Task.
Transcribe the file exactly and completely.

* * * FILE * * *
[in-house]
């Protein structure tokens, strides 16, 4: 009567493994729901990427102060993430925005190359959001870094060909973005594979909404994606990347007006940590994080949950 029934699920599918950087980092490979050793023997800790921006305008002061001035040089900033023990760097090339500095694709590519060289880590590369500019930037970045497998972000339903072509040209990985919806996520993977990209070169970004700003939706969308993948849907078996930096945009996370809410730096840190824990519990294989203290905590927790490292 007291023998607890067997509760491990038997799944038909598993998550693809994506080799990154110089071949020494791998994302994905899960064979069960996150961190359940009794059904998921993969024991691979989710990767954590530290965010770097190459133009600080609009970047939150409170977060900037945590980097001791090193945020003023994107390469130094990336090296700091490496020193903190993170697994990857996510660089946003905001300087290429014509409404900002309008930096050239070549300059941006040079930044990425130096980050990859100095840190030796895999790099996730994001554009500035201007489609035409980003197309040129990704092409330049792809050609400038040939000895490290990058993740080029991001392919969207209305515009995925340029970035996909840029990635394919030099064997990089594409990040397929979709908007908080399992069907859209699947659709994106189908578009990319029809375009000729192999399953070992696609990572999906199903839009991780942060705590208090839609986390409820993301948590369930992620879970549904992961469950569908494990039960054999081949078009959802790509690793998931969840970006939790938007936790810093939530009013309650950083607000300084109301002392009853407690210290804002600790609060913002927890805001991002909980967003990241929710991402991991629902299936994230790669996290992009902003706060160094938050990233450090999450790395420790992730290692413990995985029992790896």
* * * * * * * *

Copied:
[in-house]
């Protein structure tokens, strides 16, 4: 009567493994729901990427102060993430925005190359959001870094060909973005594979909404994606990347007006940590994080949950 029934699920599918950087980092490979050793023997800790921006305008002061001035040089900033023990760097090339500095694709590519060289880590590369500019930037970045497998972000339903072509040209990985919806996520993977990209070169970004700003939706969308993948849907078996930096945009996370809410730096840190824990519990294989203290905590927790490292 007291023998607890067997509760491990038997799944038909598993998550693809994506080799990154110089071949020494791998994302994905899960064979069960996150961190359940009794059904998921993969024991691979989710990767954590530290965010770097190459133009600080609009970047939150409170977060900037945590980097001791090193945020003023994107390469130094990336090296700091490496020193903190993170697994990857996510660089946003905001300087290429014509409404900002309008930096050239070549300059941006040079930044990425130096980050990859100095840190030796895999790099996730994001554009500035201007489609035409980003197309040129990704092409330049792809050609400038040939000895490290990058993740080029991001392919969207209305515009995925340029970035996909840029990635394919030099064997990089594409990040397929979709908007908080399992069907859209699947659709994106189908578009990319029809375009000729192999399953070992696609990572999906199903839009991780942060705590208090839609986390409820993301948590369930992620879970549904992961469950569908494990039960054999081949078009959802790509690793998931969840970006939790938007936790810093939530009013309650950083607000300084109301002392009853407690210290804002600790609060913002927890805001991002909980967003990241929710991402991991629902299936994230790669996290992009902003706060160094938050990233450090999450790395420790992730290692413990995985029992790896």